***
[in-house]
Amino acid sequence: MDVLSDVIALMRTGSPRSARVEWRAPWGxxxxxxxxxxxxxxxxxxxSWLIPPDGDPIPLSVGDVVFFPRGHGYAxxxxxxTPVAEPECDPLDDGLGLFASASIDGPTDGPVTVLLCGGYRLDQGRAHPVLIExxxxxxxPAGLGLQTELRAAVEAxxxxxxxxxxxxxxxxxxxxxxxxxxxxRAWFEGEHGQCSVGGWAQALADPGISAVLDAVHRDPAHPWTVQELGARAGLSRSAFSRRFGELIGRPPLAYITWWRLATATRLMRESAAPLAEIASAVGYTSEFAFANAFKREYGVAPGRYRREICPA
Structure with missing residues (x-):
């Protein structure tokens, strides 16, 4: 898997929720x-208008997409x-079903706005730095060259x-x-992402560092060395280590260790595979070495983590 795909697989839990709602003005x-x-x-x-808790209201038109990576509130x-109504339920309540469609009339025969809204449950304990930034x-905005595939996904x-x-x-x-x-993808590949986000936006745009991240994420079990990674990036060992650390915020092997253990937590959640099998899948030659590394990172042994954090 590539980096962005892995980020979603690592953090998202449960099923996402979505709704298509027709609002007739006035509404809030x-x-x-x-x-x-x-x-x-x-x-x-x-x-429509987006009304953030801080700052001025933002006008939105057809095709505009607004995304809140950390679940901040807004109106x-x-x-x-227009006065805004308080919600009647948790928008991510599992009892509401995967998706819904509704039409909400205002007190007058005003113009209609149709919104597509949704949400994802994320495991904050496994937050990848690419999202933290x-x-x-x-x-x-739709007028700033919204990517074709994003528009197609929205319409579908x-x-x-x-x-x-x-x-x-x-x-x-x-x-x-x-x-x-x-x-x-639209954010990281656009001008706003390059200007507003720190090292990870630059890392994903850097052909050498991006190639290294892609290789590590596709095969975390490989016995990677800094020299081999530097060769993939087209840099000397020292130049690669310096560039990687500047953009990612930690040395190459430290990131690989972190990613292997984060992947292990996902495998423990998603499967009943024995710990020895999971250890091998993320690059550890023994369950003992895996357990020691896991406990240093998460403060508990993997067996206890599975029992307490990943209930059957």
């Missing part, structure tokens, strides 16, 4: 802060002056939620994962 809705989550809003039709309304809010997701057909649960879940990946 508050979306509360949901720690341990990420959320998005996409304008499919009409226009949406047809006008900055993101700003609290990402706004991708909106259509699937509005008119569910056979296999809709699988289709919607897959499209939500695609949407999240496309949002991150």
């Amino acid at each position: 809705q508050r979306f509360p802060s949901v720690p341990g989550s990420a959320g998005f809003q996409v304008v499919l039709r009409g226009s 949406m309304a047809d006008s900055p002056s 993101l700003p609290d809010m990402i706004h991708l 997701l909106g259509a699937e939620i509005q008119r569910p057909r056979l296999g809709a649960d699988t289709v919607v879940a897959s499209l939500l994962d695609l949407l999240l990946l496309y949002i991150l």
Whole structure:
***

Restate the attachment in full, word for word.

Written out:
[in-house]
Amino acid sequence: MDVLSDVIALMRTGSPRSARVEWRAPWGxxxxxxxxxxxxxxxxxxxSWLIPPDGDPIPLSVGDVVFFPRGHGYAxxxxxxTPVAEPECDPLDDGLGLFASASIDGPTDGPVTVLLCGGYRLDQGRAHPVLIExxxxxxxPAGLGLQTELRAAVEAxxxxxxxxxxxxxxxxxxxxxxxxxxxxRAWFEGEHGQCSVGGWAQALADPGISAVLDAVHRDPAHPWTVQELGARAGLSRSAFSRRFGELIGRPPLAYITWWRLATATRLMRESAAPLAEIASAVGYTSEFAFANAFKREYGVAPGRYRREICPA
Structure with missing residues (x-):
């Protein structure tokens, strides 16, 4: 898997929720x-208008997409x-079903706005730095060259x-x-992402560092060395280590260790595979070495983590 795909697989839990709602003005x-x-x-x-808790209201038109990576509130x-109504339920309540469609009339025969809204449950304990930034x-905005595939996904x-x-x-x-x-993808590949986000936006745009991240994420079990990674990036060992650390915020092997253990937590959640099998899948030659590394990172042994954090 590539980096962005892995980020979603690592953090998202449960099923996402979505709704298509027709609002007739006035509404809030x-x-x-x-x-x-x-x-x-x-x-x-x-x-429509987006009304953030801080700052001025933002006008939105057809095709505009607004995304809140950390679940901040807004109106x-x-x-x-227009006065805004308080919600009647948790928008991510599992009892509401995967998706819904509704039409909400205002007190007058005003113009209609149709919104597509949704949400994802994320495991904050496994937050990848690419999202933290x-x-x-x-x-x-739709007028700033919204990517074709994003528009197609929205319409579908x-x-x-x-x-x-x-x-x-x-x-x-x-x-x-x-x-x-x-x-x-639209954010990281656009001008706003390059200007507003720190090292990870630059890392994903850097052909050498991006190639290294892609290789590590596709095969975390490989016995990677800094020299081999530097060769993939087209840099000397020292130049690669310096560039990687500047953009990612930690040395190459430290990131690989972190990613292997984060992947292990996902495998423990998603499967009943024995710990020895999971250890091998993320690059550890023994369950003992895996357990020691896991406990240093998460403060508990993997067996206890599975029992307490990943209930059957």
């Missing part, structure tokens, strides 16, 4: 802060002056939620994962 809705989550809003039709309304809010997701057909649960879940990946 508050979306509360949901720690341990990420959320998005996409304008499919009409226009949406047809006008900055993101700003609290990402706004991708909106259509699937509005008119569910056979296999809709699988289709919607897959499209939500695609949407999240496309949002991150």
């Amino acid at each position: 809705q508050r979306f509360p802060s949901v720690p341990g989550s990420a959320g998005f809003q996409v304008v499919l039709r009409g226009s 949406m309304a047809d006008s900055p002056s 993101l700003p609290d809010m990402i706004h991708l 997701l909106g259509a699937e939620i509005q008119r569910p057909r056979l296999g809709a649960d699988t289709v919607v879940a897959s499209l939500l994962d695609l949407l999240l990946l496309y949002i991150l």
Whole structure: